• Earlier this month, a new London Freight Enforcement Partnership as formed, building on the work of TfL and partner agencies in recent years, including the Industrial HGV Task Force and Commercial Vehicle Units. The new partnership will work to take any non-compliant and unsafe commercial vehicles, drivers and operators off London’s streets through better co-ordination of intelligence at both a strategic and tactical level.
• Continuing to work with boroughs to implement 20mph speed limits on their roads. More than 25 per cent of all London roads are now 20mph, with at least four boroughs having this reduced speed limit as a default. Trials of 20mph on TfL roads also continue, with further locations to be in place by April 2016.
• A dedicated police Motorcycle Safety Team of expert riders are undertaking a range of educational initiatives to help reduce the number of motorcycle fatalities that take place in London, which increased to 27 in 2014 compared to 22 in 2013.
As well as continuing to fund BikeSafe-London training courses, TfL is also working with the motorcycle industry to produce new design guidance for motorcyclists specifically tailored for London’s roads, building on the design guidance published by the Institute of Highway Engineers. · Using open data channels such as the new London Collisions Map (www.collisionmap.london) to improve road safety. In the coming months, a specific road safety API will be released, which alongside the existing Digital Speed Limit API, will help developers to create new applications to address road safety.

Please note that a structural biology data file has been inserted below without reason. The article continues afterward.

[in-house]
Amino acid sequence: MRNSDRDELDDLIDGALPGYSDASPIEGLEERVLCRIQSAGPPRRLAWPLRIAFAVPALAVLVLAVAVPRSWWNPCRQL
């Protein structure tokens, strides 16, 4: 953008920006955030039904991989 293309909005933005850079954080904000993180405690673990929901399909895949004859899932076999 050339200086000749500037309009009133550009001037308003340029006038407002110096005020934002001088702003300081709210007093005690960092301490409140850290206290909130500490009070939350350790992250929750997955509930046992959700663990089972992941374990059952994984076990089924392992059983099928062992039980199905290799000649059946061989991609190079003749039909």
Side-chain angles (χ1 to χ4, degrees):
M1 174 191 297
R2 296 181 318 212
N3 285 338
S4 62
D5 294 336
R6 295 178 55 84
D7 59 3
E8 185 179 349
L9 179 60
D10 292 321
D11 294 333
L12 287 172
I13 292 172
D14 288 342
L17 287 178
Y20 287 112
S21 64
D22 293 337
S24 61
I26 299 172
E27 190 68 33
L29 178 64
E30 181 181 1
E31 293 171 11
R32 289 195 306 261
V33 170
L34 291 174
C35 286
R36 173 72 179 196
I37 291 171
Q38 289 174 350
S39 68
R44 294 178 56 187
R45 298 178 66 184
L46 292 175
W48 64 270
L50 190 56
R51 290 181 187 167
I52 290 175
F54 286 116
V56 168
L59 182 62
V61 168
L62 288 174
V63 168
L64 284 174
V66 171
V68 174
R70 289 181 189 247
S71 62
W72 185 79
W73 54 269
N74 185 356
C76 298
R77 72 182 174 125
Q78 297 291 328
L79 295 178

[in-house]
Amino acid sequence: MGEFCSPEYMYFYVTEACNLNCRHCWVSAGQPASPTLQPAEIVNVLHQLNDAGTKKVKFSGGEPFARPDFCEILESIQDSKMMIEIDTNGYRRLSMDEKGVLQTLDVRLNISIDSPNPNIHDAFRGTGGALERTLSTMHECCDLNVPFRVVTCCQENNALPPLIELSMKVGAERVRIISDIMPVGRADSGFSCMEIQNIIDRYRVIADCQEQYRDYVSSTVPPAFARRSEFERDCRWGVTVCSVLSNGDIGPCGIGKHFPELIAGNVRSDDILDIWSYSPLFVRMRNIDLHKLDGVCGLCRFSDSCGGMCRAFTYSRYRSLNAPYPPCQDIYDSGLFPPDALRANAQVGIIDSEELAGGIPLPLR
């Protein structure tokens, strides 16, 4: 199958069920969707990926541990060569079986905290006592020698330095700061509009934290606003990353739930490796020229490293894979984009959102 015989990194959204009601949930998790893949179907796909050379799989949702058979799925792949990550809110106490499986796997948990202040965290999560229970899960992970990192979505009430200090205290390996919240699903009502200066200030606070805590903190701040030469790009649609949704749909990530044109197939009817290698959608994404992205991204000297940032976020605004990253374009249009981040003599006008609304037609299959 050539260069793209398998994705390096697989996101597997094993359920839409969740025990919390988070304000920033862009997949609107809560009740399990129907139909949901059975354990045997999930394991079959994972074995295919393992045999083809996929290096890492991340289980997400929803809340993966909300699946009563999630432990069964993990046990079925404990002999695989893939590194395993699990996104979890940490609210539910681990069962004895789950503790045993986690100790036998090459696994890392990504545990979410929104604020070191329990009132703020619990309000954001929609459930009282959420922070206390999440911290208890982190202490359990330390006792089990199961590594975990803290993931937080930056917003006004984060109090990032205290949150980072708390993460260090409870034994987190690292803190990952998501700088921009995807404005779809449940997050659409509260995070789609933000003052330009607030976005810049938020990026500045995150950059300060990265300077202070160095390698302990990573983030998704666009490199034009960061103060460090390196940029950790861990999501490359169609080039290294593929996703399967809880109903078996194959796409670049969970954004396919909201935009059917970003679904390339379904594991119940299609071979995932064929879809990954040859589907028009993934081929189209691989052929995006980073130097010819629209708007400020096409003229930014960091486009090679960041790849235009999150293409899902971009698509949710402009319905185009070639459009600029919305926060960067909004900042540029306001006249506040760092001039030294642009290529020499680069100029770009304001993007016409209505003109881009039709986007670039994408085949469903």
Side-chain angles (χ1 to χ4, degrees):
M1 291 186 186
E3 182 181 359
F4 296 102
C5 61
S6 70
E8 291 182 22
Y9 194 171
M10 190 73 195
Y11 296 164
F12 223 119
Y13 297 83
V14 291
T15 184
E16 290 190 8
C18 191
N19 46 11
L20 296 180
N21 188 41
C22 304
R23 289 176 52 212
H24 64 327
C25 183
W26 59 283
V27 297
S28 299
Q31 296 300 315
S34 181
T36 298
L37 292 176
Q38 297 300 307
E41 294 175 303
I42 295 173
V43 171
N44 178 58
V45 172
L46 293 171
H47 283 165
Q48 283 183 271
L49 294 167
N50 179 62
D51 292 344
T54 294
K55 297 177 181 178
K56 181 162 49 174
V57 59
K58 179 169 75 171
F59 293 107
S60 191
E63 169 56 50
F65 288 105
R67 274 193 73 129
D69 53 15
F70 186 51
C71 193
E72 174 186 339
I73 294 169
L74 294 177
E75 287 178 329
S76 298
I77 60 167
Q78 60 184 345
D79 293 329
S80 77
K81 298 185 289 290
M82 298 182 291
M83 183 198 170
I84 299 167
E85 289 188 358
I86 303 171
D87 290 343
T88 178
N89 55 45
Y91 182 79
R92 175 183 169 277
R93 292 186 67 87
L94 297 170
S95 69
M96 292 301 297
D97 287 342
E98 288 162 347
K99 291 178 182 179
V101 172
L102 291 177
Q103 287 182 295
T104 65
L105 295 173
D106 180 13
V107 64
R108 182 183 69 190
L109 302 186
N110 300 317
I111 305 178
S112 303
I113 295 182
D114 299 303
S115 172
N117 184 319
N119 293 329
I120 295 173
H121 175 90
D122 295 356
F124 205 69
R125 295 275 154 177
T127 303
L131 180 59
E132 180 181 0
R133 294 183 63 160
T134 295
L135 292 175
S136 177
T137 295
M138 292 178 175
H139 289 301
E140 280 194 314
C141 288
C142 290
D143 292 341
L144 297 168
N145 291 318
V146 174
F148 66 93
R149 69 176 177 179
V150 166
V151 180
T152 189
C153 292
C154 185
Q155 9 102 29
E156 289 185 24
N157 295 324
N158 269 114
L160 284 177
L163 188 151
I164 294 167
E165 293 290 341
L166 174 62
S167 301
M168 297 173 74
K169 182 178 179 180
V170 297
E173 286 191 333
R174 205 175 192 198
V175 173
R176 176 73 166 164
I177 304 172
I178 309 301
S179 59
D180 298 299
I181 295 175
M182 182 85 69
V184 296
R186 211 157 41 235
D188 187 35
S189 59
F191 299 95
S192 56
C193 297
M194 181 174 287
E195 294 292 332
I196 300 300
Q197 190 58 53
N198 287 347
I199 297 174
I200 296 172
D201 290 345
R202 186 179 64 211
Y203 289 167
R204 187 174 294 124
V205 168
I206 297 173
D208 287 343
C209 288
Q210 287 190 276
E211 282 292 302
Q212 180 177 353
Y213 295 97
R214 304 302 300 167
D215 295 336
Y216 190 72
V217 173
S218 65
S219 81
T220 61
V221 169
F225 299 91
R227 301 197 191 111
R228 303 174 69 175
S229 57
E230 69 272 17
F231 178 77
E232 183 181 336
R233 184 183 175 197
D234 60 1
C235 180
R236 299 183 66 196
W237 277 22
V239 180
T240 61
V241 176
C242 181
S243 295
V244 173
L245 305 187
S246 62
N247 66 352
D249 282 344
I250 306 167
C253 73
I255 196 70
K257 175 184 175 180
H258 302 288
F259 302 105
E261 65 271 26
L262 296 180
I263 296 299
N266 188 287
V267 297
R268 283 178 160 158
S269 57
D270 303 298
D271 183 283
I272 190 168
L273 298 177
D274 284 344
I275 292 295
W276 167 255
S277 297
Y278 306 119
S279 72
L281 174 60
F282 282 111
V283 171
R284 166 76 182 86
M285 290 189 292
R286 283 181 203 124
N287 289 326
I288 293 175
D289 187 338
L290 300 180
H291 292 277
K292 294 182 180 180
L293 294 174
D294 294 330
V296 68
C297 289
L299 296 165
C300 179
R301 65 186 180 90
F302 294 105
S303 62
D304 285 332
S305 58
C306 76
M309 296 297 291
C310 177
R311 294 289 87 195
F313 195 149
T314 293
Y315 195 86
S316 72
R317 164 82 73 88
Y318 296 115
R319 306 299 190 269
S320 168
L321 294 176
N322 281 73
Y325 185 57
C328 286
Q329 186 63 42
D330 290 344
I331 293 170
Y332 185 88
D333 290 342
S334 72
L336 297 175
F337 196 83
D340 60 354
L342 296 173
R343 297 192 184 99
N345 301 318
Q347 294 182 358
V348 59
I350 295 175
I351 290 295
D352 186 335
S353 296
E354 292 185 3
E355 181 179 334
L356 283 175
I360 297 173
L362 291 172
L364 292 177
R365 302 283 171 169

Notes to editors
Launched by the Mayor in January 2015, the MPS Roads and Transport Policing Command, jointly funded by Transport for London, is committed to the safety of all road users (motorists, lorry drivers, cyclists, pedestrians) and the reduction of people killed and seriously injured on London’s roads.
The RTPC is responsible for investigating fatal or serious road collisions, reducing crime and anti-social behaviour on the capital’s road and bus networks, promoting road safety and enforcing HGV regulations. Over 4,500 fixed penalty notices/Traffic Offence reports have been issued by RTPC officers for various road related offences, including vehicles seized for no insurance and/or no driving licence; speeding; driving whilst using a mobile phone; failure to wear seat belts; and red light violation.
Creative for the new TfL road safety campaign can be found via the following link: https://www.dropbox.com/sh/7fxpiaku5h2qrla/AAASCx9hHidzeiPrGEGipayga?dl=0 For more information about the work London is carrying out to reduce collisions, please visit www.tfl.gov.uk/roadsafety KSI casualties in Greater London Area 2000-2014 Year Fatal Serious Sum 2000 284 5833 6117 2001 299 5802 6101 2002 279 5369 5648 2003 272 4892 5164 2004 216 3953 4169 2005 214 3436 3650 2006 231 3715 3946 2007 222 3562 3784 2008 204 3322 3526 2009 184 3043 3227 2010 126 2760 2886 2011 159 2646 2805 2012 134 2884 3018 2013 132 2192 2324 2014 127 2040 2167